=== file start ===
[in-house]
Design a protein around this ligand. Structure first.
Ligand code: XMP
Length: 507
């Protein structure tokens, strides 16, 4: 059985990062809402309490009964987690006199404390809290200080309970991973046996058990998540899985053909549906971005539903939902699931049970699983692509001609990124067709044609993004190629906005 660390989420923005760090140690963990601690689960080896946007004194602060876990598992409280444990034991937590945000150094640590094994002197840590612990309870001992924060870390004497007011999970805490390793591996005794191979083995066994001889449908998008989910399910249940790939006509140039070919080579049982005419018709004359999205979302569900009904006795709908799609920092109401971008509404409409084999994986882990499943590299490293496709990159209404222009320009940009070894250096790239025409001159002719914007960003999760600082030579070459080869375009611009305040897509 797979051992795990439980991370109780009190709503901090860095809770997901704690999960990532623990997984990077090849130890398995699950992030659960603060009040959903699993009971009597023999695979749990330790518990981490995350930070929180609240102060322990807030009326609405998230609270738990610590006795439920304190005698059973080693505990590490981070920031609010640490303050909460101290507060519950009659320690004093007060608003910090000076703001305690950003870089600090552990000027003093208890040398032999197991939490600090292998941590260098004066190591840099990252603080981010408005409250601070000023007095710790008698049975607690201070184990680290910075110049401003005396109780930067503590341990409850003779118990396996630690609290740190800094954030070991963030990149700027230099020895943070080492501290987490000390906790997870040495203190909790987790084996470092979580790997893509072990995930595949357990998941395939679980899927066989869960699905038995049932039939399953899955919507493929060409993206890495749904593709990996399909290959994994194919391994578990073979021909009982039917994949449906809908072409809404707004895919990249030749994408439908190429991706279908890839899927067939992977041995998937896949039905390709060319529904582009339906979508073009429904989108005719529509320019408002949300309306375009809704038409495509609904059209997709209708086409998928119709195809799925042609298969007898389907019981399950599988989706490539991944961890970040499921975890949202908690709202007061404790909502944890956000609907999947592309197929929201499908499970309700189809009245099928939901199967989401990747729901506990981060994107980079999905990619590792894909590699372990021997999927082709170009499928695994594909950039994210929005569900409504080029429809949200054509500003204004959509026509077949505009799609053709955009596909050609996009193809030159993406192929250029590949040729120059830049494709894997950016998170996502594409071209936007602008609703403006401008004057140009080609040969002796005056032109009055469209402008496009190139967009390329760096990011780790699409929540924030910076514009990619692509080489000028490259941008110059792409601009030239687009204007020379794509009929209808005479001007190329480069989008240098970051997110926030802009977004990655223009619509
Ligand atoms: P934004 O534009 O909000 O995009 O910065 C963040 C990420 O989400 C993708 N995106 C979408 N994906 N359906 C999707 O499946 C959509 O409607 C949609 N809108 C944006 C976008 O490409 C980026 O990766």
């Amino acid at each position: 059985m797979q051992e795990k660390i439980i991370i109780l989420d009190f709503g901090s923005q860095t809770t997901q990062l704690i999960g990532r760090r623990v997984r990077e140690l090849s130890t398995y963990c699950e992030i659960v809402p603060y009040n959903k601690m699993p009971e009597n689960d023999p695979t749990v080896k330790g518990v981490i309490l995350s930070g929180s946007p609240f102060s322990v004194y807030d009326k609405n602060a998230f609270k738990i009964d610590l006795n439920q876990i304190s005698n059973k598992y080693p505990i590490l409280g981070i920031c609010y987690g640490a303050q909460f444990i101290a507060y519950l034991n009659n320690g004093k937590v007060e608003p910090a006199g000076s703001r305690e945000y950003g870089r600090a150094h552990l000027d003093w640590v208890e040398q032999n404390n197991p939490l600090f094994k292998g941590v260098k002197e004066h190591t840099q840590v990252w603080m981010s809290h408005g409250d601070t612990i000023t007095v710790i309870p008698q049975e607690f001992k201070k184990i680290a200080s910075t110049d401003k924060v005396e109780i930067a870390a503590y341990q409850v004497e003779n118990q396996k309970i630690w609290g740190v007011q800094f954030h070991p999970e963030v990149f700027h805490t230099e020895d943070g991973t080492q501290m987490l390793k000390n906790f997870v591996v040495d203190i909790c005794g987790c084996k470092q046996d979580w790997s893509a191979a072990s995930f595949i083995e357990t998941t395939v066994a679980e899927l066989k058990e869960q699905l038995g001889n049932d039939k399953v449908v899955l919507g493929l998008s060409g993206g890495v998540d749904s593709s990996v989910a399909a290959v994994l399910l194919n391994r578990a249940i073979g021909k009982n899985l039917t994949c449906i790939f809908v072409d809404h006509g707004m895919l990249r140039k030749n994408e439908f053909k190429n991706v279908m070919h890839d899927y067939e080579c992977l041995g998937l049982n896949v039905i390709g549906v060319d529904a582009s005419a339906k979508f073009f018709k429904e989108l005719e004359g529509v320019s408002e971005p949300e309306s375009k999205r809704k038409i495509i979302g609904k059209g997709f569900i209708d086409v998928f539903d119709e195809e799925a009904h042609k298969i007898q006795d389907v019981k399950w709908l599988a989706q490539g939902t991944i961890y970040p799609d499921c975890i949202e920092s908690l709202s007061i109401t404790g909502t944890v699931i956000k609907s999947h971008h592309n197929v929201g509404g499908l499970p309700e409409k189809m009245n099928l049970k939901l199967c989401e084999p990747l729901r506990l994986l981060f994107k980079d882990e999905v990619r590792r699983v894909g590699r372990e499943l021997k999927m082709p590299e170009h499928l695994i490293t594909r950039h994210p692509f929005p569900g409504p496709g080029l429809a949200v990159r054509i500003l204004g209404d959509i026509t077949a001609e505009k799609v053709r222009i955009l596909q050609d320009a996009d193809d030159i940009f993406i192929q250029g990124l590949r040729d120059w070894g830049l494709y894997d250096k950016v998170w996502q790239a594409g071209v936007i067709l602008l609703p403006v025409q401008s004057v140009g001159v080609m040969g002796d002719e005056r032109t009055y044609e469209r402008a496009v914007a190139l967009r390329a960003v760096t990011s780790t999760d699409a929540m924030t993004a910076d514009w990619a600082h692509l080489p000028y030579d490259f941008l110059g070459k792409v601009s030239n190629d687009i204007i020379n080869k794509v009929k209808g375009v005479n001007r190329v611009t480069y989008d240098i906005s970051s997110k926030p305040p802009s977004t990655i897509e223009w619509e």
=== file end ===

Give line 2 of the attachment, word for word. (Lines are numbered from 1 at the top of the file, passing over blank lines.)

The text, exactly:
Design a protein around this ligand. Structure first.